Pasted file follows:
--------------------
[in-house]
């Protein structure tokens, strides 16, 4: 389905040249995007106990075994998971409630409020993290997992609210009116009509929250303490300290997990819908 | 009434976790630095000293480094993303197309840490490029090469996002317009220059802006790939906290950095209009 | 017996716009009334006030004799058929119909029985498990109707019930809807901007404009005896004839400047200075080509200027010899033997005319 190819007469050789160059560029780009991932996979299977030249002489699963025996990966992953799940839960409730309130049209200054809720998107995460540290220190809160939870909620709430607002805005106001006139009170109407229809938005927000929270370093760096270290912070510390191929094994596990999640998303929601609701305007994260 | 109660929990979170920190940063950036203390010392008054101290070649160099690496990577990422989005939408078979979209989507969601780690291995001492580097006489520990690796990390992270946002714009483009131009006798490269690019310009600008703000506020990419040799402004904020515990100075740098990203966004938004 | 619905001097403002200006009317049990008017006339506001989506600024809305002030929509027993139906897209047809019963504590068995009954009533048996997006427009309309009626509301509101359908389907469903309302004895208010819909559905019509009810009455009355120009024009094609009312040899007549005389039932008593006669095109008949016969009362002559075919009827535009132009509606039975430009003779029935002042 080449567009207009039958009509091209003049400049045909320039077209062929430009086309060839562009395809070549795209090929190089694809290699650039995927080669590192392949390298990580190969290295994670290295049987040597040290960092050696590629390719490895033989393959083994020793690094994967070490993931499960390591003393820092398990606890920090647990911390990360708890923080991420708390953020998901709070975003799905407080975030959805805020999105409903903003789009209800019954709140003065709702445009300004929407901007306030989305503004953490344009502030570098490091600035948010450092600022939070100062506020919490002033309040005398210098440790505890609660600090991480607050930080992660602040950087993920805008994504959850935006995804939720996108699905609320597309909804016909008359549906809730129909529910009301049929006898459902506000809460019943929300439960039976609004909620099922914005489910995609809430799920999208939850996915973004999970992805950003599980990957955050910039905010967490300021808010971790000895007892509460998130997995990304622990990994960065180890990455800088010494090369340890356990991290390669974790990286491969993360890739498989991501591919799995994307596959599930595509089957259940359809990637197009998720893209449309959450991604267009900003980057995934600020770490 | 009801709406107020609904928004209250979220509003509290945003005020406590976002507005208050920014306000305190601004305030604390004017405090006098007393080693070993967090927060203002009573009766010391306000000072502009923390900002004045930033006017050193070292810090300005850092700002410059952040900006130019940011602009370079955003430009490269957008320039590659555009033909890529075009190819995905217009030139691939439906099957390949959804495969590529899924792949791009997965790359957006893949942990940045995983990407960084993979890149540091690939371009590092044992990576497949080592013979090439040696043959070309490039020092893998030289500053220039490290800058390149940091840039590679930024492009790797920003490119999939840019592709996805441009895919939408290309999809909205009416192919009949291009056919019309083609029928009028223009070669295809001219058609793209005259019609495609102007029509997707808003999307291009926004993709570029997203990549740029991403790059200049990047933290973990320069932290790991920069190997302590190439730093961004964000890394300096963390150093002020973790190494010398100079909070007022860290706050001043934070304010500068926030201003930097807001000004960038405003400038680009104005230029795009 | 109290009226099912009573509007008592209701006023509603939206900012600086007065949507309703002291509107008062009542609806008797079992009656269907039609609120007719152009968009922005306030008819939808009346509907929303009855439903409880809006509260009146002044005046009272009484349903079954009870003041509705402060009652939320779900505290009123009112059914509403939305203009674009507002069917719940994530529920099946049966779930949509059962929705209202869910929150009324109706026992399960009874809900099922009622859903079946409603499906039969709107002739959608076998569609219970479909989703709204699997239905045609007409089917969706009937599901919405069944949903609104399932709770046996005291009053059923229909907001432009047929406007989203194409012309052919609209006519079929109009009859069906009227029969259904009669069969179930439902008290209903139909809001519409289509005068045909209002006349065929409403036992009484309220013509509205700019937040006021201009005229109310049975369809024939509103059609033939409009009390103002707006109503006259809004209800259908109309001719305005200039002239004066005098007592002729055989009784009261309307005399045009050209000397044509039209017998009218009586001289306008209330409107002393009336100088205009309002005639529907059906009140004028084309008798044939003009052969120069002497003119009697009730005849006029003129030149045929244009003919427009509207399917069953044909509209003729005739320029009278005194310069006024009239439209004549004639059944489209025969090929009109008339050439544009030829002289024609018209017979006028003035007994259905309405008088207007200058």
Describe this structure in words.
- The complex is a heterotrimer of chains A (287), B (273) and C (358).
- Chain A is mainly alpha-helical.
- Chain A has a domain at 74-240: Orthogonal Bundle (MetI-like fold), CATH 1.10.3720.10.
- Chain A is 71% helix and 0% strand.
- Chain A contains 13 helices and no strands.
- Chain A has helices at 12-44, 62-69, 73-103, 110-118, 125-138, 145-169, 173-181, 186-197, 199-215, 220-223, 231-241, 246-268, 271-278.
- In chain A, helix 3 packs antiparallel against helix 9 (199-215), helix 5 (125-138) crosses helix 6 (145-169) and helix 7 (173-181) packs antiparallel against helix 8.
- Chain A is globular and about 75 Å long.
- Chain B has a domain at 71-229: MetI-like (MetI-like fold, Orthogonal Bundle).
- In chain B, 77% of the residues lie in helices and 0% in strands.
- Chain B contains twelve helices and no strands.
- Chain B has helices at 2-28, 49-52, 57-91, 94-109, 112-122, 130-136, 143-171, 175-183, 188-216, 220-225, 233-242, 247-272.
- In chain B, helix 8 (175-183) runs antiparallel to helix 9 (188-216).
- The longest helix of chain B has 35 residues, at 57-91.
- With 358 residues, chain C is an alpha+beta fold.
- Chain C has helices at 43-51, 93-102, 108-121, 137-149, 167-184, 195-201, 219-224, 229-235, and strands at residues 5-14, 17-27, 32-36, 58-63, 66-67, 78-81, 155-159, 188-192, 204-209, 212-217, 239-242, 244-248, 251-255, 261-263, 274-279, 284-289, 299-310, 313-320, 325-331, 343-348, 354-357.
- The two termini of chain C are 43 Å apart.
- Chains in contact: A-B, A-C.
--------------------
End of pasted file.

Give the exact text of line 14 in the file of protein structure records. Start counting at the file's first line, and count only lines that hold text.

- Chain B contains twelve helices and no strands.